Why should a New Jersey LLC have an operating agreement?
A New Jersey LLC should have an operating agreement because a company cannot act for itself. In order to operate, LLCs require real humans (and other entities) to carry out company operations.
New Jersey’s NJ Rev Stat § 42:2C-11 lays the groundwork for LLC operating agreements, but it does not explicitly state that you need to have one. However, you will need an operating agreement to maintain your LLC. Here’s why:
1. Your operating agreement proves you own your LLC.
You don’t have to include the names of any of your LLC members when you file your New Jersey LLC Public Records Filing. That’s great for maintaining privacy, but it doesn’t help you show proof of ownership. This is where your operating agreement comes in.
Your operating agreement includes the names of all members, which means you can use it to show that you own your business. This is important when opening a bank account or renting property, since both banks and landlords will ask to see proof of ownership.
2. An operating agreement can help reinforce your limited liability status.
To benefit from limited liability status, business owners must show that their LLC is its own legal entity separate from its members. One way to do this is to open a separate bank account for your LLC. Another way is to create (and follow) an operating agreement.
3. An operating agreement can help head off misunderstandings.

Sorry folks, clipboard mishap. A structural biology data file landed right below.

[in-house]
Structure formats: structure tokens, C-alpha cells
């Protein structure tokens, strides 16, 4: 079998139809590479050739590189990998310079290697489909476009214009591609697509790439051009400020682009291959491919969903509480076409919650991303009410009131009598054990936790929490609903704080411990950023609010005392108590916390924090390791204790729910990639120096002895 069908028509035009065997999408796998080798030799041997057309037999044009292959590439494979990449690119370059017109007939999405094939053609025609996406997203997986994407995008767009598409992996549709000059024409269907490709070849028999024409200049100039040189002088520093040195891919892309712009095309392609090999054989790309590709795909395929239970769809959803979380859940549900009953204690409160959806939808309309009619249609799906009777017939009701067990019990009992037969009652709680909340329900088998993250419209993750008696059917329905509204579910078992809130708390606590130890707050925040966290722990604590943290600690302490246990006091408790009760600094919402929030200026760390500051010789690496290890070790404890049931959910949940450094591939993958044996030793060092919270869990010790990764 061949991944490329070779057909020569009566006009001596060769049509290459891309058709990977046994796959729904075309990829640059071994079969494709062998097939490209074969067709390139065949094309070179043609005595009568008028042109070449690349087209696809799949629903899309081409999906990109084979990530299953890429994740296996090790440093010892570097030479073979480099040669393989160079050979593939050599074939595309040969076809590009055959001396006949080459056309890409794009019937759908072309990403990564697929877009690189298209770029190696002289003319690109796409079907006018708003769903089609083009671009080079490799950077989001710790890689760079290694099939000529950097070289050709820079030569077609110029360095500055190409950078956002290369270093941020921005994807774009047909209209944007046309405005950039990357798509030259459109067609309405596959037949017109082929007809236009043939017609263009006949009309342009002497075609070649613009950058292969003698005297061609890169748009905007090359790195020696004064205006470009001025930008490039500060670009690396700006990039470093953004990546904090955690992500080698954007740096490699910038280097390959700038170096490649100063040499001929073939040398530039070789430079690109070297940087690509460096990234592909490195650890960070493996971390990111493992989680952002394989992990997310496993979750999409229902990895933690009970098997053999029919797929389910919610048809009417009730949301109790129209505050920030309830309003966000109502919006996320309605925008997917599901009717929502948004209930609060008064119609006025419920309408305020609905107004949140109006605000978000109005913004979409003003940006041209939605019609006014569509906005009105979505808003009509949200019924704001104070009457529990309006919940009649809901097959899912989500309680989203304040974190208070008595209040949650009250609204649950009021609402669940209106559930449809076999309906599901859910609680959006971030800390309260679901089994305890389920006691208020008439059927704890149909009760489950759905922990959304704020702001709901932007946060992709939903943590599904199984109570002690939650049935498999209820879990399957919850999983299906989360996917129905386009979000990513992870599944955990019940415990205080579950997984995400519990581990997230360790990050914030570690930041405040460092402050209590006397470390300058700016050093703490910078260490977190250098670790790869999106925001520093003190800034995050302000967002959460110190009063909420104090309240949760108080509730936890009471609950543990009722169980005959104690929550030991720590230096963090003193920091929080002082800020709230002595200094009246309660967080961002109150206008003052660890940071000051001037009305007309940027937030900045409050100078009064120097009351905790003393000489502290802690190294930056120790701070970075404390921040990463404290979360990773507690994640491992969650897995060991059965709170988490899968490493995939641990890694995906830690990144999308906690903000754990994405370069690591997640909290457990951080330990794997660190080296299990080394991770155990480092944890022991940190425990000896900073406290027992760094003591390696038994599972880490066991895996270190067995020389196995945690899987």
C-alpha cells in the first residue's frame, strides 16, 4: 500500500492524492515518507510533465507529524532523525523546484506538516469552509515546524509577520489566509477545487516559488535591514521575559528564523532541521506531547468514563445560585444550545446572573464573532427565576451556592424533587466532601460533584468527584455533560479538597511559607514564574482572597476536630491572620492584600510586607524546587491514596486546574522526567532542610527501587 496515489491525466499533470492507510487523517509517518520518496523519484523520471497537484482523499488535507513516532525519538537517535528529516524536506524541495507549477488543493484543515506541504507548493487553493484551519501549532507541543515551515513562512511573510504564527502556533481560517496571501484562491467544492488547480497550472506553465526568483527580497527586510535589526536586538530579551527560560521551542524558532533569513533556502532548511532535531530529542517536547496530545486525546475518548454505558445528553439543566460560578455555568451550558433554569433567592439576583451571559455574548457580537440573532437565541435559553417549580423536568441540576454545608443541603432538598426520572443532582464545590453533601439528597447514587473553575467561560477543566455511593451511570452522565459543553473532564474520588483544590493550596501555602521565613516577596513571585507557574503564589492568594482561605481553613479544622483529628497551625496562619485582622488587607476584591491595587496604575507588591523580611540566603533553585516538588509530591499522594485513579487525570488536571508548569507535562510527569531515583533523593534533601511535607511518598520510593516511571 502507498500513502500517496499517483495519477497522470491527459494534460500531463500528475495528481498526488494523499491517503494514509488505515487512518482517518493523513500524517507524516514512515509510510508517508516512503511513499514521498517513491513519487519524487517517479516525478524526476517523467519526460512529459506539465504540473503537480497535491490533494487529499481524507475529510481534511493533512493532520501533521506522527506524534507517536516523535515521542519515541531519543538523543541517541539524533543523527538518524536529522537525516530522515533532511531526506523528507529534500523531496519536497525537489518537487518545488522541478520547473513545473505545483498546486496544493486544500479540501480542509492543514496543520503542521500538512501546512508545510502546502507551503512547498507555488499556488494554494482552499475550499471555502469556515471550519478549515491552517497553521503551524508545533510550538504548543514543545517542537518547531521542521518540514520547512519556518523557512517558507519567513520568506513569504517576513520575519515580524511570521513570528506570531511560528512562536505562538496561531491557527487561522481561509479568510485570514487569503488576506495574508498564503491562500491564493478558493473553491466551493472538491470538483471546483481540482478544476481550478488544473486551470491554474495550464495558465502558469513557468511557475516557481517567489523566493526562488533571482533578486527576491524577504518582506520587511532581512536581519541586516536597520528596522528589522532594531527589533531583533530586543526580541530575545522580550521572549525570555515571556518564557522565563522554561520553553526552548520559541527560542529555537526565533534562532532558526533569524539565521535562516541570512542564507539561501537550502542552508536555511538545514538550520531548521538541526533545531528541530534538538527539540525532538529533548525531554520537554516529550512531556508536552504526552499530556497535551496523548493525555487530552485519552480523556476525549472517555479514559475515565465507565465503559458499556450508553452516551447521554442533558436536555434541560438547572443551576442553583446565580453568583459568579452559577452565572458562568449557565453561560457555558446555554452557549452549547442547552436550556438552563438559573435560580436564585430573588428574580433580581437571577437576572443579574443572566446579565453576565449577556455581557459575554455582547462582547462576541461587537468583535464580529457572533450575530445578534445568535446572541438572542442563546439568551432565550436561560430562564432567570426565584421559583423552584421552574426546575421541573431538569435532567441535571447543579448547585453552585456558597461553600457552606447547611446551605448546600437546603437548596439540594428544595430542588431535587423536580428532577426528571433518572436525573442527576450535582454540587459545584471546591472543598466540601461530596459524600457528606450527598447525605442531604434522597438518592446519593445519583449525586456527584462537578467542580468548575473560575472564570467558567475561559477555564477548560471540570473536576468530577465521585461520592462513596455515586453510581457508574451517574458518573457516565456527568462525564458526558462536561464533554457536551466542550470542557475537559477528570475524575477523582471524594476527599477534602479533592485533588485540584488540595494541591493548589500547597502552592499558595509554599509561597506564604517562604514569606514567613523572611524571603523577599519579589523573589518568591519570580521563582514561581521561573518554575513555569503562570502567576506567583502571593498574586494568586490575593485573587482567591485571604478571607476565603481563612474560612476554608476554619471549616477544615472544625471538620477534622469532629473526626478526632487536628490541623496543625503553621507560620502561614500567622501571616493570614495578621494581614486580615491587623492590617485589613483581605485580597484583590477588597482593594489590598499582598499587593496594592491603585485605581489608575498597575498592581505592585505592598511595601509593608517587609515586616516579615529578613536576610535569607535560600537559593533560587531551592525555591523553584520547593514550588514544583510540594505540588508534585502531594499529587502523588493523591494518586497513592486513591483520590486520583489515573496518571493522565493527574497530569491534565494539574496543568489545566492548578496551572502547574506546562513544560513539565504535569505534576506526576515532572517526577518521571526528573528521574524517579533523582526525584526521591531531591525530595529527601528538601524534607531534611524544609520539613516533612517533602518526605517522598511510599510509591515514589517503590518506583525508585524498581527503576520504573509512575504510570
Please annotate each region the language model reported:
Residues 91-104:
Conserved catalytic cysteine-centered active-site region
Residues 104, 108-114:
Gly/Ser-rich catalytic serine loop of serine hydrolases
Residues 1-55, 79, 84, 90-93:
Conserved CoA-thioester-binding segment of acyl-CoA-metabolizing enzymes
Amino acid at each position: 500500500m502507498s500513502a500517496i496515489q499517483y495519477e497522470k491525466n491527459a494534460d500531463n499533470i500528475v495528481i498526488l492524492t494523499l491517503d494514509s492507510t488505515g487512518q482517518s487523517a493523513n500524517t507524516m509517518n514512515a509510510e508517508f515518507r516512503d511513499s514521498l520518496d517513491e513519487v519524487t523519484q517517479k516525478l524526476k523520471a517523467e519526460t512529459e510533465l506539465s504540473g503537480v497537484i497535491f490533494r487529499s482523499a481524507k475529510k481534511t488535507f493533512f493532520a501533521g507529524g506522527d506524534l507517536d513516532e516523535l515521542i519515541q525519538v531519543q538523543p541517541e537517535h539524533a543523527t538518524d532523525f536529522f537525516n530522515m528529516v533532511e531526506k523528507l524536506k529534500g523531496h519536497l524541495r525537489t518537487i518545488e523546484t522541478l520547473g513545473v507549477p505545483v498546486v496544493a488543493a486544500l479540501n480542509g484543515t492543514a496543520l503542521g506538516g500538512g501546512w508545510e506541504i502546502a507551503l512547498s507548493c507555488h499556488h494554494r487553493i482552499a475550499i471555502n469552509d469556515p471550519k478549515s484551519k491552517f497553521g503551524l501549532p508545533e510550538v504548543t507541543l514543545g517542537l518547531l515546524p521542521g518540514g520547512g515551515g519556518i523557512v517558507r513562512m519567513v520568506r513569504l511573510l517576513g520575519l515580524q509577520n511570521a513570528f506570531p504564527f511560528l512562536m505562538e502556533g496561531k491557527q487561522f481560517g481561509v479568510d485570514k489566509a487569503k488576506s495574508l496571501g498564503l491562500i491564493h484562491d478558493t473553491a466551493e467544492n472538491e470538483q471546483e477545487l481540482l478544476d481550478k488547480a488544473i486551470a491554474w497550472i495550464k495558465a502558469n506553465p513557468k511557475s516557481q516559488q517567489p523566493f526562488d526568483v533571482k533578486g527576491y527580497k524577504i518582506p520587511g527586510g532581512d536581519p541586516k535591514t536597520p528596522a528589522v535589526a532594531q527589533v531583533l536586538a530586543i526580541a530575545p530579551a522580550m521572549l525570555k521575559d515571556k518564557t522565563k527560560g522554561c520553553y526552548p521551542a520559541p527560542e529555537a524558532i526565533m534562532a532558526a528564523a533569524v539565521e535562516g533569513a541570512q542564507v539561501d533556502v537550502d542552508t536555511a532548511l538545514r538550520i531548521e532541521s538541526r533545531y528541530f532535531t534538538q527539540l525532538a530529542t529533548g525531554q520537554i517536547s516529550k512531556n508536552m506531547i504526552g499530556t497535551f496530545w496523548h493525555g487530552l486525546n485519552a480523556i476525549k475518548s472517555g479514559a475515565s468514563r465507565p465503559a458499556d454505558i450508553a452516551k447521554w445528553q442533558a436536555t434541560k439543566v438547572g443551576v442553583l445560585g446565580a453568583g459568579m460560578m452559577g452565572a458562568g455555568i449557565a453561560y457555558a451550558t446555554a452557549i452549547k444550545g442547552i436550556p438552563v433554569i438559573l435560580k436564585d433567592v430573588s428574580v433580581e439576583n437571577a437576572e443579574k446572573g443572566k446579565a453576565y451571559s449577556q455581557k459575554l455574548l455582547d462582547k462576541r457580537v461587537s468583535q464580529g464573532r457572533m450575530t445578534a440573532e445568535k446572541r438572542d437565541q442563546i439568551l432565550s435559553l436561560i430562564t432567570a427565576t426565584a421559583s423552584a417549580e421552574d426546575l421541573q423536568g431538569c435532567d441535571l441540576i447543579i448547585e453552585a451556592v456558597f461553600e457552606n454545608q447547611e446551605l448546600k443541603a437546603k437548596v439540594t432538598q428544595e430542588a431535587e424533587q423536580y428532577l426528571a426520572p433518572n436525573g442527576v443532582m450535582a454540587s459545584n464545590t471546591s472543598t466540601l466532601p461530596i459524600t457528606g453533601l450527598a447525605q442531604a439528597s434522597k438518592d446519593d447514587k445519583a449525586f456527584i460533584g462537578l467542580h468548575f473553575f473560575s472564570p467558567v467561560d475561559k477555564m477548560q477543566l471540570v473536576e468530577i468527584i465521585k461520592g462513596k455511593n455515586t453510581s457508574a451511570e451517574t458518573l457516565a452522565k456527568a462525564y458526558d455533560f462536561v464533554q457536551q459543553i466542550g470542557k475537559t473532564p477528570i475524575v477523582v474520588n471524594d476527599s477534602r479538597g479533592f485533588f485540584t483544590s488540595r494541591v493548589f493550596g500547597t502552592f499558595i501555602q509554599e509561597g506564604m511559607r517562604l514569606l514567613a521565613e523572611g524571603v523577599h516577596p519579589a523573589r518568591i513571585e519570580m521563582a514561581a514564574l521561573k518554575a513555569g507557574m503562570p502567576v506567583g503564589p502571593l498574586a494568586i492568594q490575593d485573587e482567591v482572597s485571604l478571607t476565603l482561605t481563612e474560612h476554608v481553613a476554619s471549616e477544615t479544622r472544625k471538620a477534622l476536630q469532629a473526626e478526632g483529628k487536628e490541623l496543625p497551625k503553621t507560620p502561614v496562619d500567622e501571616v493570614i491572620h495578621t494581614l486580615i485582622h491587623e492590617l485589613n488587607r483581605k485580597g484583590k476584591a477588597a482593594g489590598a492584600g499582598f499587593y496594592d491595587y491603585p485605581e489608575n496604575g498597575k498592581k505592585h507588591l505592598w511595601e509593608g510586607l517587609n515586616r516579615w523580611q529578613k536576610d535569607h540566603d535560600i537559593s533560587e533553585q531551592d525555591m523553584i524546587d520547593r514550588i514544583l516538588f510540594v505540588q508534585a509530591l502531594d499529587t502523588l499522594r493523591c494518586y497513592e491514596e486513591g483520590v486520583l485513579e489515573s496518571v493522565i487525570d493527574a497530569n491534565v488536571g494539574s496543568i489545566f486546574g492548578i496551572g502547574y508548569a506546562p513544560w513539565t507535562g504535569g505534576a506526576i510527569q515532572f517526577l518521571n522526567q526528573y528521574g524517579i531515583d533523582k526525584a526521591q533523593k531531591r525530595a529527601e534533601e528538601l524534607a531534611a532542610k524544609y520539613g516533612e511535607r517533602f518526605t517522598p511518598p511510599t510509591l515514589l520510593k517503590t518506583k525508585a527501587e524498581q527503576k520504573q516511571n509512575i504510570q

In the process of running your LLC, it’s probably inevitable that you’ll encounter internal disagreements and misunderstandings. But with an operating agreement to establish agreed-upon rules and procedures for your company, you can help prevent those issues from blowing up into big problems down the line.
4. An operating agreement can override New Jersey’s default laws.
Without an operating agreement, your LLC will automatically be governed by New Jersey’s default laws. The problem is that these statutes might not work for your business. With an operating agreement, you can ensure your LLC is run in a way (within the law) best suited to your business.
New Jersey Case Law
We asked our lawyers for an example of how an operating agreement can make or break your LLC. Here’s what they said.*
“Consider the case of Kuhn v Tumminelli, where the managing member cashed LLC checks to be used for personal purposes, leading to a dispute between the members. Unfortunately, because the members failed to adopt an operating agreement for their LLC, the courts applied the default LLC rules outlined in the statutes, rather than looking to the oral understanding between the members. While examining the statutes for the applicable rules, the courts reinforced the importance of a written operating agreement due to its ability to deviate from and modify many of the statutory default rules.
“Had the LLC members thought ahead and thoroughly discussed potential problems, distilled their intent and understanding into an operating agreement, this particular issue may not have ever developed, and even if it had, the other member may have been able to have a much more favorable outcome. For these reasons (and more), a reasonably prudent business owner would (and should) adopt and maintain an operating agreement.”
What is included in a New Jersey operating agreement?
While you don’t have to file your operating agreement with the NJ Department of State, that doesn’t make it any less important than your LLC’s public documents. A strong operating agreement is essential, and should include information about:
- Transfer of membership interest
- Voting rights and decision-making powers
- Initial contributions
- Profits, losses, and distributions
- Bookkeeping procedures